Table 2 Significantly enriched KEGG pathways (p < 0.05) targeted by miRNAs


In addition to their self-renewing and multi-lineage differentiation properties, MSCs exhibit immunoregulatory abilities through influencing both immune and inflammatory responses [20]. In fact, MSCs, can actively sense the surrounding microenvironment or inflammatory milieu and adopt their phenotype and responses, accordingly [20]. For instance, and depending on the environmental signals, MSCs can play both pro- and anti-inflammatory roles [20]. This marked functional plasticity of MSCs renders them as clinically relevant cell types with important therapeutic potential for tissue repair and regeneration as well as for the treatment of different inflammatory diseases and malignancies [20, 21]. Nowadays, different populations of MSCs, derived from distinct human tissues, are available and exhibit dissimilar immunological profiles and functional capacities [5, 22, 23]. FSK–MSCs are emerging as a highly interesting MSC-type due to their recently characterized properties [8]. Besides, FSK–MSCs, when exposed to inflammatory conditions, have been shown to exhibit induced expression of different immunoregulatory genes and factors [8]. Their high sensitivity to inflammation increased the interest in understanding the molecular mechanisms involved in coupling FSK–MSCs’ responses to the surrounding inflammatory microenvironment.

Among the different regulatory elements that controls gene expression and modulates cellular fate and behavior are miRNAs. For instance, they can significantly alter the responses of different innate and adaptive immune cells where any disturbance of their expression profiles can lead to several diseases [24,25,26,27]. Therefore, miRNAs are, nowadays, considered as attractive therapeutic targets [24,25,26,27]. Besides their ability to modulate immune responses, miRNAs play a key role in MSCs’ biology. For example, miRNAs can strikingly affect MSCs’ decision to either proliferate or differentiate into either cell lineage including adipogenic, chondrogenic, myogenic, neurogenic or other lineages [28]. The aim of this work was to determine the miRNome of FSK–MSCs by investigating the expression profile of 380 different miRNAs in inflammation primed vs. control non-primed cells. The major outcome of this study is our demonstration of a significantly altered miRNA expression profile in inflammation-primed FSK–MSCs where 16 miRNAs were found to be differentially expressed. This observed inflammation-triggered alteration of miRNA expression pattern is not surprising especially that different miRNAs have been reported to show altered expression in response to inflammatory signals. For example, miR-146 expression level is described to be upregulated in response to inflammatory stimuli [29], whilst other miRNAs including miR-9, -101, -125b, -155, -146, -192 and -203 are described to exhibit altered expression profiles in some inflammatory diseases [30].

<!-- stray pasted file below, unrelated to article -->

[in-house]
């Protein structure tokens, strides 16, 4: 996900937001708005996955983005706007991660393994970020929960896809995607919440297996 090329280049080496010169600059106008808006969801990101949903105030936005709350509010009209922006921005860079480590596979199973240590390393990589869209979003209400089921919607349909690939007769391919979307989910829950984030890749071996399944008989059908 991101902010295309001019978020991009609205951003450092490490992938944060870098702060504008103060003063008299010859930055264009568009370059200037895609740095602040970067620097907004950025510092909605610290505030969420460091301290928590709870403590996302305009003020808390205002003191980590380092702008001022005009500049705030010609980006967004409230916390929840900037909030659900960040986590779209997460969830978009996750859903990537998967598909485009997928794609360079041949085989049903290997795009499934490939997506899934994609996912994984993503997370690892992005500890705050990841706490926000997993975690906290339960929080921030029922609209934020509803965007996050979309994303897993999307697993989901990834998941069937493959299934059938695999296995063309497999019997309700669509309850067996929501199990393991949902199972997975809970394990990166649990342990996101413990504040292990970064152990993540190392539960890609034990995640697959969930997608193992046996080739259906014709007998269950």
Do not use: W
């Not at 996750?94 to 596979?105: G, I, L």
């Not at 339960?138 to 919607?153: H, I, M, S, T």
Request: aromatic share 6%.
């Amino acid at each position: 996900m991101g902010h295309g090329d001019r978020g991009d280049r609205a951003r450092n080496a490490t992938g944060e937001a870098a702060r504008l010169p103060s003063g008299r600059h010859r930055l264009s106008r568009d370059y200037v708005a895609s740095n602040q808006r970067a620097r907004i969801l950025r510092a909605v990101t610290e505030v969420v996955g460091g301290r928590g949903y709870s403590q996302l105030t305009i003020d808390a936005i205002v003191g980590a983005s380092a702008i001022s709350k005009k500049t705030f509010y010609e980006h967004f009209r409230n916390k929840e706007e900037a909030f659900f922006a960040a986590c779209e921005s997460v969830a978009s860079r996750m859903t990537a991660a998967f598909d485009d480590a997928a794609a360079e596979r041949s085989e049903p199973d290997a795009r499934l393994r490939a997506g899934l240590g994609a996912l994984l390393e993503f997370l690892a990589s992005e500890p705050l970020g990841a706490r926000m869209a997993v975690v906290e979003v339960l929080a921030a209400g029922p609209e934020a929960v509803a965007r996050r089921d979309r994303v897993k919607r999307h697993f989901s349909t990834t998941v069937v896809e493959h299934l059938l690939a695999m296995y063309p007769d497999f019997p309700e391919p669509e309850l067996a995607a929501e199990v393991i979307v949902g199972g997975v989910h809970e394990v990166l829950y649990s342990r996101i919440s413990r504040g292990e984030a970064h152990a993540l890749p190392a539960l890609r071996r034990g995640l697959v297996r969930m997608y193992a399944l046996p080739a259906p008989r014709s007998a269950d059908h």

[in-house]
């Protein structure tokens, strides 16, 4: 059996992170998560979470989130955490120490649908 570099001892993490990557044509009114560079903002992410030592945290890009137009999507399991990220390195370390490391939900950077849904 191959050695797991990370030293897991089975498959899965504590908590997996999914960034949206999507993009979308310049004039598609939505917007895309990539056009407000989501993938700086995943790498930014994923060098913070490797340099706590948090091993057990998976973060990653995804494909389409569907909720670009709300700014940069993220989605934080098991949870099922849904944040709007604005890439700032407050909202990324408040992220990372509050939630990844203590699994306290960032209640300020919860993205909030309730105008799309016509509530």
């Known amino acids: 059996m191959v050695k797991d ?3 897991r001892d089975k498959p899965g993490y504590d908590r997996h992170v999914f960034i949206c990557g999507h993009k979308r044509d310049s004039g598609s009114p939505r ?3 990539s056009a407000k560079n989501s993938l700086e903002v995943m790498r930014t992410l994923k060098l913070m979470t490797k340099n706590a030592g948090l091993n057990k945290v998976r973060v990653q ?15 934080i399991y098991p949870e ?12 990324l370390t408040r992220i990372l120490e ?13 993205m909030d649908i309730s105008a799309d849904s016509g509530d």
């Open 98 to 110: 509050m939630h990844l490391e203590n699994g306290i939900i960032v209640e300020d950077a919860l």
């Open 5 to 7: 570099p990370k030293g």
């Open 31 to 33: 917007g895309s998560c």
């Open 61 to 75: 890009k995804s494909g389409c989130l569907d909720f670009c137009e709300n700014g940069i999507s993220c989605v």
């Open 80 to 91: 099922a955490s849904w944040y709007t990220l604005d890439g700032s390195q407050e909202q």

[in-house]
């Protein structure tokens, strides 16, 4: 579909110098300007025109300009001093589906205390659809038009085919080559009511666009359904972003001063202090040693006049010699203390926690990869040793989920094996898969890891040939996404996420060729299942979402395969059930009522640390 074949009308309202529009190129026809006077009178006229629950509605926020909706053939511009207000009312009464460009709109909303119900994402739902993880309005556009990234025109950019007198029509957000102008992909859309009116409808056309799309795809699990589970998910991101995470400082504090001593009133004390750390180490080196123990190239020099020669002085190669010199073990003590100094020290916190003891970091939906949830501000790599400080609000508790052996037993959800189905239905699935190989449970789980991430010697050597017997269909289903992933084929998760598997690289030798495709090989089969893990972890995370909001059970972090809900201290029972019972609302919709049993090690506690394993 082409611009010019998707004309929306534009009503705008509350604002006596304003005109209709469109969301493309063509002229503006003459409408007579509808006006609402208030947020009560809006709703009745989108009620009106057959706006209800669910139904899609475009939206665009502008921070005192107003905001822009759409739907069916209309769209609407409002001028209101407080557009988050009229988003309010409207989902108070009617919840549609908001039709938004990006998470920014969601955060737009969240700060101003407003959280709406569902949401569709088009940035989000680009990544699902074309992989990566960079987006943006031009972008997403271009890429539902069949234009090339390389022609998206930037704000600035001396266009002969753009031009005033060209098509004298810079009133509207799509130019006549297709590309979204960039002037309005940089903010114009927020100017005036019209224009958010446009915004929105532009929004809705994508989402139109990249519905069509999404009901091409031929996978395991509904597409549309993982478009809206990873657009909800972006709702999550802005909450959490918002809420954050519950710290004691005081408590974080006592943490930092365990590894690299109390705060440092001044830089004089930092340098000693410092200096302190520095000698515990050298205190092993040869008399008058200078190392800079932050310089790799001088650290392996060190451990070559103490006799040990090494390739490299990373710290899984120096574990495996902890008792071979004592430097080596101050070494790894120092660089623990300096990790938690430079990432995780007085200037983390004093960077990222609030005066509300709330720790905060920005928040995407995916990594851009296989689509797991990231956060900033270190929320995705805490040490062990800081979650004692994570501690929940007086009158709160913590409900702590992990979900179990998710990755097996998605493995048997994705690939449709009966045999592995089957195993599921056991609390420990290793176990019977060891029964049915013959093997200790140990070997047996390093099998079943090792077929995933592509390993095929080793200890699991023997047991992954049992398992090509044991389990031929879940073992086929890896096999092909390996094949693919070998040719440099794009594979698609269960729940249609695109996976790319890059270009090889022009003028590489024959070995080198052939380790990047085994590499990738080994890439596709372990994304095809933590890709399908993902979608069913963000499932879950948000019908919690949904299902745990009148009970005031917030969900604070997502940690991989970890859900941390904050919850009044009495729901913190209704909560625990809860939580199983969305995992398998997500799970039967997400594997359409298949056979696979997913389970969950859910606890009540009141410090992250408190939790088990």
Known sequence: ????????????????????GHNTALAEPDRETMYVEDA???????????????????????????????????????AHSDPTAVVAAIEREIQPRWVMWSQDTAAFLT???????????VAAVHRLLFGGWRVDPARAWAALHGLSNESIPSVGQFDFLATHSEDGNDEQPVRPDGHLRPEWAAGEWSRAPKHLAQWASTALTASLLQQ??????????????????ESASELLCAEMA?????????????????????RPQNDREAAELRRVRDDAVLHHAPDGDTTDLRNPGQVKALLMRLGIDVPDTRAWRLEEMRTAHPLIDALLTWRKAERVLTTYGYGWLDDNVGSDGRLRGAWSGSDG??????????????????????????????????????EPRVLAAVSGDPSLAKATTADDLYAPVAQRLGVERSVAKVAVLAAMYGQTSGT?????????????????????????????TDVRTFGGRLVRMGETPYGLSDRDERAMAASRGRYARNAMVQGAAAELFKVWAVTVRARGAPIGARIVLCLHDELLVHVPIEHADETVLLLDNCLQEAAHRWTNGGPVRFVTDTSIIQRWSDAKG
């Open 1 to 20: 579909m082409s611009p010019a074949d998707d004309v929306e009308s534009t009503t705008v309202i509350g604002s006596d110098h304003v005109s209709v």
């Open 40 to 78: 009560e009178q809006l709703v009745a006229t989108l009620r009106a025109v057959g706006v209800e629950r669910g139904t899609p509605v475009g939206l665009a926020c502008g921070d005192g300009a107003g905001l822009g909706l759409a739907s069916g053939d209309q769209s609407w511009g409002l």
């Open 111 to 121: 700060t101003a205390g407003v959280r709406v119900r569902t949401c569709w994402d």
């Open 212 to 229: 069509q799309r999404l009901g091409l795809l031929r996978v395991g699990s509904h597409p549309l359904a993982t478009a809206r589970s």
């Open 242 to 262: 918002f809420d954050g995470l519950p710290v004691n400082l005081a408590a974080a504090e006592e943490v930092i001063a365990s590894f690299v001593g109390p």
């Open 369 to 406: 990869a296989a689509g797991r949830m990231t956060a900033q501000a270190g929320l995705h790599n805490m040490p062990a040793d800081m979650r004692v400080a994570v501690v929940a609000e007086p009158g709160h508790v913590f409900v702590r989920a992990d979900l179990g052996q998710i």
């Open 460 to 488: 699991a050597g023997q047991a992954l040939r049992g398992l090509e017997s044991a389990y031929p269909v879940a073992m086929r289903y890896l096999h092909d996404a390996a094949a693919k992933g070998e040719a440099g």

We classified our differentially expressed miRNAs in two major groups: (1) a first one containing the miRNAs being downregulated in inflammation-primed FSK–MSCs and includes miR-27a, -145, -149, -194, -199a, -221, -328, -345, -423-5p, -485-3p, -485-5p, -615-5p and -758; (2) and a second one bearing the upregulated miRNAs and consists of miR-155, -363 and -886-3p. Interestingly, among those identified miRNAs, there are ones that have already been demonstrated to regulate MSCs’ behavior. For instance, miR-27a has been reported to regulate osteogenesis of MSCs [31] whilst miR-145, -194, and -199a have been described to regulate their chondrogenesis [32,33,34]. Moreover, miR-221 has been shown to be involved in the adipogenesis process of MSCs [35]. Besides its ability to regulate adipogenesis [35], miR-155 has also been described to modulate the responses of MSCs to inflammatory signals [36]. Furthermore, miR-886-3p overexpression has been shown to inhibit MSCs migration [37].